Newly elected 7th District congresswoman Michelle Fischbach is among the Republicans who are supporting Donald Trump's unproven claims that the presidential election is being "stolen" by Democrats.
President Trump continues to suggest – without evidence – that an increasingly large number of votes that are going against him in crucial swing states are "illegal," despite it being well established prior to the election that due to the increase in mail voting because of the COVID-19 pandemic, results may take several days to become clear.
Counting continues in most states, not just swing states, as many of them have rules that allow for absentee ballots that arrive in the days after Nov. 3 to be counted, provided they were post-dated before the deadline on Election Day. Many of those still being counted are absentee ballots, which have typically favored Democratic candidates as more Democrats voted by mail this year.
But while the president's campaign called for the end of counts in states like Pennsylvania, Georgia, and Nevada, where Biden looks set to win, the campaign does not have the same complaint about Arizona, where the remaining votes left to be counted tend to favor Trump.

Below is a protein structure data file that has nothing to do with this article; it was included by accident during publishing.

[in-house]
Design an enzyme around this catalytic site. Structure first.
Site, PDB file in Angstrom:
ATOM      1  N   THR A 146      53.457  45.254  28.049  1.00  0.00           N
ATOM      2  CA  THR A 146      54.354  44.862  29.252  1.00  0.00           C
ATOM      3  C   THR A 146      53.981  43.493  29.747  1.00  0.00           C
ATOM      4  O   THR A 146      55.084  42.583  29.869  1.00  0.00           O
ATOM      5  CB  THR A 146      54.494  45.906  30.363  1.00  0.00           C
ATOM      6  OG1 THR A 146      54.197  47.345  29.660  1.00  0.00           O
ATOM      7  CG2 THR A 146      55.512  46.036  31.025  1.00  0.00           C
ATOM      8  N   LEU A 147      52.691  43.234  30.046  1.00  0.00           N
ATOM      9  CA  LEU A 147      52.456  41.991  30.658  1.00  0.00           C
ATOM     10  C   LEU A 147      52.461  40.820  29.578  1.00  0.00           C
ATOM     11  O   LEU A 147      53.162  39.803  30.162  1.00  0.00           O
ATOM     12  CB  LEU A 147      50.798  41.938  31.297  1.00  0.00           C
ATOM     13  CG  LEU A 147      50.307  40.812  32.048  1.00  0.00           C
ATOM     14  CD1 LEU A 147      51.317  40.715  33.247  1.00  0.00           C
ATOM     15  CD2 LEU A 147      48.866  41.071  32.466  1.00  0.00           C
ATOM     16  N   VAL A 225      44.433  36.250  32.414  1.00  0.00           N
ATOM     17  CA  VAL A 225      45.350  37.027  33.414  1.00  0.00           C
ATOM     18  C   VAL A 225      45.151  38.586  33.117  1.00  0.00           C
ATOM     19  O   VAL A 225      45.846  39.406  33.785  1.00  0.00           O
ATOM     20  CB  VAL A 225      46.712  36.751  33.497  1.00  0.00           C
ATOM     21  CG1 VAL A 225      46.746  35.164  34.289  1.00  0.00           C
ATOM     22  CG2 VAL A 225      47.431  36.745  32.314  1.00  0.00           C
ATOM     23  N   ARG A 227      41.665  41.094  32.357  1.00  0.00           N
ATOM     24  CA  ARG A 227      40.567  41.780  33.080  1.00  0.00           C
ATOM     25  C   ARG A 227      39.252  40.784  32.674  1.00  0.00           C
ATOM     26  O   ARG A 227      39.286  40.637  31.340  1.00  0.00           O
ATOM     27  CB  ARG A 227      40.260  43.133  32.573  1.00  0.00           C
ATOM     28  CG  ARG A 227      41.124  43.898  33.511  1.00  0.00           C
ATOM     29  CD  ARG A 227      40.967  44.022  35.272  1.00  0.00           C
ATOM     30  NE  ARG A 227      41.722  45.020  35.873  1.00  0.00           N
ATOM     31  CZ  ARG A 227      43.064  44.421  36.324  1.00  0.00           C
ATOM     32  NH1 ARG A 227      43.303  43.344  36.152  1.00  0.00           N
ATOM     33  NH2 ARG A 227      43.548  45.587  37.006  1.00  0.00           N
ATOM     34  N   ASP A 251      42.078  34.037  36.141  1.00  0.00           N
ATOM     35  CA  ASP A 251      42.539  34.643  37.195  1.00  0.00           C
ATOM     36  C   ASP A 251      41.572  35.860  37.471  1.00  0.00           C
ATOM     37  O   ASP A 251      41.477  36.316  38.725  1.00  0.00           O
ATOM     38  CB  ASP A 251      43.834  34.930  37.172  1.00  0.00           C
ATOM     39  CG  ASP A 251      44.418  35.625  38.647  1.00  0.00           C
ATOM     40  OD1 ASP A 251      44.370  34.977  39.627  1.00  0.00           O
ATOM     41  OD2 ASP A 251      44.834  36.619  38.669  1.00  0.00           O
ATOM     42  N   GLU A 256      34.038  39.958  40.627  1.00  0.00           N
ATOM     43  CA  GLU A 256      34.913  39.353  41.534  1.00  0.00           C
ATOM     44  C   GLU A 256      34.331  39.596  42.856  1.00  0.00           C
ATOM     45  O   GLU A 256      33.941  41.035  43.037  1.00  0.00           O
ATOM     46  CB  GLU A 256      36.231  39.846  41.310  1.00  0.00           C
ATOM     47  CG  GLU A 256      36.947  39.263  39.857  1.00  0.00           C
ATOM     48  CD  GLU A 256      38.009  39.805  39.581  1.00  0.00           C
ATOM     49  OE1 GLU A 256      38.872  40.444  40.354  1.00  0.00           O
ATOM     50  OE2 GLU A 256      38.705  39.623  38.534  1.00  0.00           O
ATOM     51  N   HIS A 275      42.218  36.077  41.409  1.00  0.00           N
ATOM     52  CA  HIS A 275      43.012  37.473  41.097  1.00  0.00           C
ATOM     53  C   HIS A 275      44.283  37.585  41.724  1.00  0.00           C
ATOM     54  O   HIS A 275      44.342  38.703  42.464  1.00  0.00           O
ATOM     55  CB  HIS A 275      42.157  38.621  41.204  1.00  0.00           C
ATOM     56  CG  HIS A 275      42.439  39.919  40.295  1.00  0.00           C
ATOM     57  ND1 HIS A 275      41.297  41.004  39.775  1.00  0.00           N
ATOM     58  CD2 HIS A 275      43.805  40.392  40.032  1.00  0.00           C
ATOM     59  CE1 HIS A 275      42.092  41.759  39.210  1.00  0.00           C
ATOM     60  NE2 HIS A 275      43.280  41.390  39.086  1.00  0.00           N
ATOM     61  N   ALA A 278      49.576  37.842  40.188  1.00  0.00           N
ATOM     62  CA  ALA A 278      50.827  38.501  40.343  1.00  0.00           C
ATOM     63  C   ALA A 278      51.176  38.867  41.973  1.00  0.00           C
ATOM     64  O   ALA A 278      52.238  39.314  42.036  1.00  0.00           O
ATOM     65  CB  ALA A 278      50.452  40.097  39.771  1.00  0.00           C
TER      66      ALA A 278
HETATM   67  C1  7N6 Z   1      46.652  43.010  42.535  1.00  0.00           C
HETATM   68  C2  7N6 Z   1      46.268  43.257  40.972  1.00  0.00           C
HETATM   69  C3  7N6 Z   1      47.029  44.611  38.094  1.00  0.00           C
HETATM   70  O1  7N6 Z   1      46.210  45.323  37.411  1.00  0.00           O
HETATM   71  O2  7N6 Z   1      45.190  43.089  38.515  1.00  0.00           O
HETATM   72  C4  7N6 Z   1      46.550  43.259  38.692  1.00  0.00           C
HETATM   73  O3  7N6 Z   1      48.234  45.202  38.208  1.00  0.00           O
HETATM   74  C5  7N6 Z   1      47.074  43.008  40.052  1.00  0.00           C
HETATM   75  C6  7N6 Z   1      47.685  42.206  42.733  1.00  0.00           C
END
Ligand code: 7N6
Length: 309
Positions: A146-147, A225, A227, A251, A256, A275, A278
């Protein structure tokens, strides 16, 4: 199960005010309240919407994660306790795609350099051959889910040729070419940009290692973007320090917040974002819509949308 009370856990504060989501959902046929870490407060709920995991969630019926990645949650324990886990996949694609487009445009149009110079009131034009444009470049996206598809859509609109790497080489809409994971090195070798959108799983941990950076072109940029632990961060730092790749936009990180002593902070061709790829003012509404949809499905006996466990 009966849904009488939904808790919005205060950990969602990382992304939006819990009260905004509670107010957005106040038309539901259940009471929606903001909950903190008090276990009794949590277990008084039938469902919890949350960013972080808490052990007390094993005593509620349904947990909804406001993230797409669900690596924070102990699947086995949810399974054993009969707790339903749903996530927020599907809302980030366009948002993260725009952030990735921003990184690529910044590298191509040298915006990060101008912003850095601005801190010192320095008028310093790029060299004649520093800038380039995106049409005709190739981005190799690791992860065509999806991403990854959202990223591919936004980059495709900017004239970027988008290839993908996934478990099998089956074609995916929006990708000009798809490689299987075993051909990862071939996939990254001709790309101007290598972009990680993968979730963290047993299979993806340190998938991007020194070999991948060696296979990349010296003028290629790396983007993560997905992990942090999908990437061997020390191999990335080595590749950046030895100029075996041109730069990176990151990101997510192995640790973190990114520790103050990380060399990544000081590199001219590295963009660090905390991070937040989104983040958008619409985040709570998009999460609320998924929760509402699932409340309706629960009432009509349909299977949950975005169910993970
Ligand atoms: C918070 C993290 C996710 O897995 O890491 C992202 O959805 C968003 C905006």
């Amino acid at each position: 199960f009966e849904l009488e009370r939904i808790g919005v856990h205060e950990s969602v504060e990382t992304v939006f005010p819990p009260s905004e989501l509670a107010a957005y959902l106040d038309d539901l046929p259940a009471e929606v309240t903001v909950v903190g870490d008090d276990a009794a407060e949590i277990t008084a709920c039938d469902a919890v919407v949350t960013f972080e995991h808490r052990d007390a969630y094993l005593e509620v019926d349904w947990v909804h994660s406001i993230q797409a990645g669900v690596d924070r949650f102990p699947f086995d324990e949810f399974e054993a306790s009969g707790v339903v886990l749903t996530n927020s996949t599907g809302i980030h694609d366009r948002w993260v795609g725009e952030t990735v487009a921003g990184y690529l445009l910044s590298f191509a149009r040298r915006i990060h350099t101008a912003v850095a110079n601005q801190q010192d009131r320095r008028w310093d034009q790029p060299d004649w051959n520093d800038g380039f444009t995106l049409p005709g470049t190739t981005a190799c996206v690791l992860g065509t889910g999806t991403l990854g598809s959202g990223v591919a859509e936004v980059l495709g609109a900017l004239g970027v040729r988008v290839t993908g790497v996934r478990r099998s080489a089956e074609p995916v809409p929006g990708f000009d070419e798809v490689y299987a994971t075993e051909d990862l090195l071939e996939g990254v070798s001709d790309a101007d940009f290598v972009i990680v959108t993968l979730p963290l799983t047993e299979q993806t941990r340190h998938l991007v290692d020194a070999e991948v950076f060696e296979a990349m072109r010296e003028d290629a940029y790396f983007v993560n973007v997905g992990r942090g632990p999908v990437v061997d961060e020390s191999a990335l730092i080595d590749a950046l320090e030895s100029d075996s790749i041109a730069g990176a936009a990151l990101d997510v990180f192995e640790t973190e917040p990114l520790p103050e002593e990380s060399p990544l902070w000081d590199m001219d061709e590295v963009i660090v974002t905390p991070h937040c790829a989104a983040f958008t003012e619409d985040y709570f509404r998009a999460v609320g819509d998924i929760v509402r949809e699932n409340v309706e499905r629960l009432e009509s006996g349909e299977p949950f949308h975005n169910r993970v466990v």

On Friday morning, Fischbach appeared on Fox News and appeared to back the president's conspiracy claim that ballots being counted in the days after Election Day aren't lawful.
"You know, I pray it will be handled correctly and that President Trump will win, because I believe he did win," Fischbach said.
"They [Democrats] did not win the votes of the American people, they are just finding votes at this point."
There is no indication that states such as Pennsylvania are "finding votes." They are counting votes that have been received and there is no evidence presented at this time that suggests they aren't valid.
Fischbach's support for the president's unproven claims is shared by Jennifer Carnahan, the chair of the Minnesota GOP, who has tweeted and retweeted several posts on Friday that call for the counting of all "legal votes," again, without there being any suggestion that the votes being counted aren't legal.
"We need to stand up for the integrity of America's election system and process," she tweeted. "It's important that we do not stand for game playing with vote counting."
Carnahan's husband, the re-elected 1st District Rep. Jim Hagedorn, commented that there's an "eerily exact emerging pattern" in how votes are being counted in "Democrat-run battleground states," citing Wisconsin, Michigan Pennsylvania, Georgia, and North Carolina – all of which have GOP-controlled legislatures, while two of them (Georgia, N. Carolina) have GOP governors.
Several other prominent Republicans nationwide have rejected the claims by the president that the vote count is fraudulent, among them Pennsylvania U.S. Senator Pat Toomey, who said: "There’s simply no evidence anyone has shown me of any widespread corruption or fraud."
Of the president's widely criticized press conference on Thursday, during which he issued a litany of baseless claims about the election, Toomey added: "I saw the president's speech last night. It was very hard to watch. The president's allegations of large-scale fraud and theft of the election are just not substantiated. I'm not aware of any significant wrongdoing here."